Whiten your teeth: What are the benefits of bleaching, veneers & Co?

Which methods whiten teeth – and which do not

Anyone who wants to emulate the celebrities from film and television should know – most of them had anything but perfect white teeth at the beginning of their career. Of course, white teeth are not. But it can help. But what are the benefits of the different methods?

Every person is born with a different tooth colour, it is genetically predisposed and becomes more and more yellow in the course of life. “Dental technology distinguishes between twelve different shades,” says Helmut Kesler, dentist and board member of the Berlin Dental Association.

Almost every sixth child has bad teeth

The good news is: Fewer and fewer children have tooth decay. Nevertheless, almost every sixth child of pre-school age has lazy teeth. Especially children from socially disadvantaged families are affected.

The individual tooth colour also changes through the consumption of foods with a high pigment content such as red wine, coffee, black tea, beetroot or blueberries.

“Such plaque accumulates in the enamel surface of the teeth and is difficult to remove,” says Kesler.

The older the teeth, the more susceptible they are to discoloration as the surface becomes rougher as time goes by. Pigments can therefore be stored more easily.

Whitener toothpaste makes teeth rougher and rougher

Whitener toothpaste is supposed to help remove these deposits. Ultimately, however, it intensifies the discoloration effect. “The abrasive components of such toothpaste usually only cause the teeth to become rougher and rougher and cause new pigments to accumulate,” explains Kesler.

The toothpaste can never make the teeth whiter than they were originally. Annegret Blume, managing director of the Kosmetikkommission des Bundesinstitut für Risikobewertung (BfR), warns against excessive use: “Those who use toothpaste excessively risk attacking their teeth by wearing it out too much”.

As the most effective natural remedy for brighter teeth, Dirk Kropp of the proDente initiative recommends regular, thorough tooth brushing. “This also includes the spaces between the teeth,” he explains. To reach these, dental floss and special brushes facilitate.

“The toothbrush should be changed every three months,” says Kropp. “The bristles are then worn and bent, so that a precise, technically clean cleaning is no longer possible.”

Whitening through professional tooth cleaning

In addition, professional tooth cleaning in the dental practice can have a whitening effect. While brushing at home often does not reach all areas of the mouth, the professionals in the practice not only have all teeth in view, but also other tools and pastes available. “For example, they can polish out cracks and insert the grinding wheels in the paste individually depending on the degree of discoloration,” explains Kesler.

What possibilities the technology offers

If that’s not enough for you, there are only two options on the way to Hollywood laughter: Bleaching or veneers. In bleaching, teeth are bleached with the help of chemical agents, usually hydrogen peroxide.

How much of this may be contained in the over-the-counter bleaching strips or gels is precisely regulated. “Hairdressers use this chemical to bleach their hair,” says Annegret Blume of the BfR. This shows how aggressive hydrogen peroxide is.

“The European Cosmetic Decree stipulates that a bleaching product must not contain more than 0.1 percent hydrogen peroxide,” explains Blume. Thus a health danger is impossible.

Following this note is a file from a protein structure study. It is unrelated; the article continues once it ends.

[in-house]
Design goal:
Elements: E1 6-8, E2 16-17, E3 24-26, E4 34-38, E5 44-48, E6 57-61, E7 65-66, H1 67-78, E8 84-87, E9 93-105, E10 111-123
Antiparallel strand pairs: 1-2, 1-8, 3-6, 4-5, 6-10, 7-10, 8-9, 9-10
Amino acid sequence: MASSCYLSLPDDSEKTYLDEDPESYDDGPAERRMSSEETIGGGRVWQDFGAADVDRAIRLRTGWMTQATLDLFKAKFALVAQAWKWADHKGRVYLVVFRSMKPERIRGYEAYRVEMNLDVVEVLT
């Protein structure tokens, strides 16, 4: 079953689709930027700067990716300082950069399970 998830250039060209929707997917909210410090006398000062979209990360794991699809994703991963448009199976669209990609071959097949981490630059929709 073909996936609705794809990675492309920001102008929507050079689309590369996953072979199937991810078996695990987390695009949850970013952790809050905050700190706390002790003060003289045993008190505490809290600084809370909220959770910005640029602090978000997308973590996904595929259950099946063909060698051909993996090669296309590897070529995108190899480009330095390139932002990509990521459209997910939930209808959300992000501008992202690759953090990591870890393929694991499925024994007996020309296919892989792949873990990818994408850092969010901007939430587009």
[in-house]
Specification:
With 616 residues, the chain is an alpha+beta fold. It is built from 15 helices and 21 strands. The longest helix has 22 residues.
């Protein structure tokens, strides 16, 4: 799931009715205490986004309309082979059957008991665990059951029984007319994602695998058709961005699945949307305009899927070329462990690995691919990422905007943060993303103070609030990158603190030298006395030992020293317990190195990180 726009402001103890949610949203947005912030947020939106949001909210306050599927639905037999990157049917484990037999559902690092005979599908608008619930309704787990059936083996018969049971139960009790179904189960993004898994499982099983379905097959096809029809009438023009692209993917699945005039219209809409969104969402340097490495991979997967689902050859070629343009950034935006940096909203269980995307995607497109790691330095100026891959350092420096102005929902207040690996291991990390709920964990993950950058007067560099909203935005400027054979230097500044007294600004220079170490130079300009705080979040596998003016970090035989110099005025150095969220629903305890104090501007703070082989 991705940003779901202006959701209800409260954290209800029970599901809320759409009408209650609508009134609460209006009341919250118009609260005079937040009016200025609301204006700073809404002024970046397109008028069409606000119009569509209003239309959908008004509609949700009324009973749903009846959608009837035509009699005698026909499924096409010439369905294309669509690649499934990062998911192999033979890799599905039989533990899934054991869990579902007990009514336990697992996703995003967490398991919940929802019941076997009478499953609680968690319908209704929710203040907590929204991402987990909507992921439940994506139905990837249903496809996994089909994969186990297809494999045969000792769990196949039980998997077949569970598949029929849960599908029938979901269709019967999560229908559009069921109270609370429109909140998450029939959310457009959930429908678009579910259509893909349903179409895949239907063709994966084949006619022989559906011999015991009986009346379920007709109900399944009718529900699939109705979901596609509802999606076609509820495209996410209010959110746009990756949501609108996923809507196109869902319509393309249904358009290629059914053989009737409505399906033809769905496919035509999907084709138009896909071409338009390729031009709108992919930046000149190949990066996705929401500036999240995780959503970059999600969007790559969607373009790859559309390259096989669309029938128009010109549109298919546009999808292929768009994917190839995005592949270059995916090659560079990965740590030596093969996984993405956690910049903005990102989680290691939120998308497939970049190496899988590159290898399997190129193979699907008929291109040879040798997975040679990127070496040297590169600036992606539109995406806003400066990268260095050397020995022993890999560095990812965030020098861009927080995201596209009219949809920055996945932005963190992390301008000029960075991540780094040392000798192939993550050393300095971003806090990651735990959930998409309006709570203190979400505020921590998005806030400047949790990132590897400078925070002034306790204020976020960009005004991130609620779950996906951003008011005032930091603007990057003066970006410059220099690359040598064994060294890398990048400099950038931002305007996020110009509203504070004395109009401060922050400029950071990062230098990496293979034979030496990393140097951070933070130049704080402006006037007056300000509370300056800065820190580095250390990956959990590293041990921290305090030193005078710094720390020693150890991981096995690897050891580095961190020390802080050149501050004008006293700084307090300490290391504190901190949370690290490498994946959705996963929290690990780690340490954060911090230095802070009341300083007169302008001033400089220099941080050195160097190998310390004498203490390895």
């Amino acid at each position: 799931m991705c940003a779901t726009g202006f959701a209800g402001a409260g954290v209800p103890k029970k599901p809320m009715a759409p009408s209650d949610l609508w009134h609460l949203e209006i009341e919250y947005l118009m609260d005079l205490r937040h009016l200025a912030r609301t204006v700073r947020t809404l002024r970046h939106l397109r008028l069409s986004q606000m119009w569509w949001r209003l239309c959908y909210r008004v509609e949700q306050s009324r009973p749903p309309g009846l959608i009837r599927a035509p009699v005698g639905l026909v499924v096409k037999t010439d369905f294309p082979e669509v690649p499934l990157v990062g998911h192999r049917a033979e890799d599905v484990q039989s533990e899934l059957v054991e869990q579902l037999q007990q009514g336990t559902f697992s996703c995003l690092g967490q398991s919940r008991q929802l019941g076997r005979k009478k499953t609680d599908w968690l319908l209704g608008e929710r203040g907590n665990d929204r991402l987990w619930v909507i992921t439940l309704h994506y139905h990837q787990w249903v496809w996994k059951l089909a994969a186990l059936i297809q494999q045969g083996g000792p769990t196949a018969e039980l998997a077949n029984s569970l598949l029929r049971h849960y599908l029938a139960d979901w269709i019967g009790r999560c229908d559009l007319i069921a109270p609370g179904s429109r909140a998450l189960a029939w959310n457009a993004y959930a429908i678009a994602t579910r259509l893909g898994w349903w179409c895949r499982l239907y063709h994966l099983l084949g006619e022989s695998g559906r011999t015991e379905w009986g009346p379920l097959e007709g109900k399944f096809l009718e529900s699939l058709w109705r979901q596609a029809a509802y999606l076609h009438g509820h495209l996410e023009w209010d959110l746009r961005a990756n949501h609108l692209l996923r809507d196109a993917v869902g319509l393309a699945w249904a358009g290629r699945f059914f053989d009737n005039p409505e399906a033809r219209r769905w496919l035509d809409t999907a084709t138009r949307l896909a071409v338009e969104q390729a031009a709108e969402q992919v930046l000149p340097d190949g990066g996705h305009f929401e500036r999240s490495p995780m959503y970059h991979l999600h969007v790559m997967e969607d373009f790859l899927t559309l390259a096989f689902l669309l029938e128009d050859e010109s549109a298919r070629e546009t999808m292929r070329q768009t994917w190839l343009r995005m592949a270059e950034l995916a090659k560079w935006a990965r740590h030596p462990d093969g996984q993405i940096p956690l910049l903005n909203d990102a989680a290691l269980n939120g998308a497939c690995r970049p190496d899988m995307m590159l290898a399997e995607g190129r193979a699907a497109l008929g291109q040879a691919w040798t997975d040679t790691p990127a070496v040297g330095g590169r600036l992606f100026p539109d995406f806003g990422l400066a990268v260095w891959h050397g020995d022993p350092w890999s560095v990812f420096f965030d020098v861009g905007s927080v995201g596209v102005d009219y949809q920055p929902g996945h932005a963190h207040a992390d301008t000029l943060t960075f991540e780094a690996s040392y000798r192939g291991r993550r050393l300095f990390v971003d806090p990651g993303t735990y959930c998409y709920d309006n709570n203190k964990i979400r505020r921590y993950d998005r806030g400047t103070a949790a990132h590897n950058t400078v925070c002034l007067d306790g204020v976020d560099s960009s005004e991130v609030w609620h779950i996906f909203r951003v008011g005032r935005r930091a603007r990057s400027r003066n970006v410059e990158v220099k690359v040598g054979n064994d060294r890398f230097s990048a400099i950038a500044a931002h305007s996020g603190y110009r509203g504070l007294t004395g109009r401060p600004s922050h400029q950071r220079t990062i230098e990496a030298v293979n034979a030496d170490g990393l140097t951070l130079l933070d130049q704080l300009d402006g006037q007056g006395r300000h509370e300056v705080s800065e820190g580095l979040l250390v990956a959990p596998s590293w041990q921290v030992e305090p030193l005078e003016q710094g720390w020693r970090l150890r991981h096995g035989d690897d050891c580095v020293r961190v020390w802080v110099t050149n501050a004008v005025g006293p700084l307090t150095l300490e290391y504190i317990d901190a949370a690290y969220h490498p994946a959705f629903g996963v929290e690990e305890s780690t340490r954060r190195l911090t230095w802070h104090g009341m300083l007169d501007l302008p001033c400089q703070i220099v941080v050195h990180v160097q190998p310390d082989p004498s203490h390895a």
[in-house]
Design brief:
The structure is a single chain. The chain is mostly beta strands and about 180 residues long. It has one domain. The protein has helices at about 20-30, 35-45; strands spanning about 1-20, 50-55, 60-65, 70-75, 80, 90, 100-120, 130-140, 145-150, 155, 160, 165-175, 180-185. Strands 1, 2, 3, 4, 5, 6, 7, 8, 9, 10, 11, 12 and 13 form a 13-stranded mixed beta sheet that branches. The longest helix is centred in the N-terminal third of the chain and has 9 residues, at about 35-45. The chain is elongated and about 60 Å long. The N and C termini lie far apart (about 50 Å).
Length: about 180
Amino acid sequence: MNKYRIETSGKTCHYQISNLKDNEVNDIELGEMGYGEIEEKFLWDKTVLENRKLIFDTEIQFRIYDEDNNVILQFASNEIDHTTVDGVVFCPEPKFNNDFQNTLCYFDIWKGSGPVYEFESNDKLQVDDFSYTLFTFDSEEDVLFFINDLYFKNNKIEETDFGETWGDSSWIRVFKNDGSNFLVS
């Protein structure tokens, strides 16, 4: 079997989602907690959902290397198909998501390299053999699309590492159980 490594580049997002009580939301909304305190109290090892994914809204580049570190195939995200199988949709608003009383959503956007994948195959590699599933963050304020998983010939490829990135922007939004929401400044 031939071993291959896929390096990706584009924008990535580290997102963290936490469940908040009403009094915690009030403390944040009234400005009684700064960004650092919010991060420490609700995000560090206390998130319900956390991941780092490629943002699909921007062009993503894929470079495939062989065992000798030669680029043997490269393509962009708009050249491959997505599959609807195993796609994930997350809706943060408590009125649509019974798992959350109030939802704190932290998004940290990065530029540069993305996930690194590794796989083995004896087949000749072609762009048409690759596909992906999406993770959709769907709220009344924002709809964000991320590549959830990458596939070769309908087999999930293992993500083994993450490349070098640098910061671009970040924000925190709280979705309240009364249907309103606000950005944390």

Professional bleaching is relatively expensive

However, Dirk Kropp of proDente points out that due to the low concentration, the hoped-for brightening effect can be disappointing. In addition, there is the handling: “If bleaching strips are used improperly, chemical agents can irritate the mucous membrane, i.e. the gums”.

Bleaching at the dentist eliminates these disadvantages, but is correspondingly more expensive. Helmut Kesler estimates the costs at up to 1000 Euro depending on the practice. Professional teeth bleaching usually requires two 45-minute sessions.

Open the beer bottle with the dental implant

Whether the insurance company pays for this dental implant is questionable: an Australian company uses a mini bottle opener as an implant for its customers. This makes the loss of a molar tooth worthwhile.

The six front teeth in the upper and lower jaw are treated, i.e. the teeth in the visible area. “I apply an oxygen gel and irradiate the teeth with a lamp,” explains Helmut Kesler. “The light activates the oxygen, which has a whitening effect.” The teeth could become brighter by up to three shades per process.

Bleaching is not suitable for patients with periodontitis. Bleaching cannot be performed with crowns or plastic fillings in the anterior region either: Fillings cannot be bleached. This also applies to root canal treated teeth.

Veneers are bonded to the tooth

In such cases, only veneers can help. “These are ceramic shells that are bonded to the tooth,” explains Kesler. To do this, the tooth must be ground down a little beforehand. The costs per tooth are between 600 and 700 euros, the dentist estimates.

While teeth remain white for up to three years after bleaching, veneers last indefinitely. The adhesive used to attach the shells can never be one hundred percent smooth,” says Kesler. “That’s why there’s always a risk that the adhesive edges will discolor.”

If all this means too much work and too much risk for you, you should take Jürgen Vogel as an example. The actor shows his laughter despite his imperfect teeth.

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Christina Cherry
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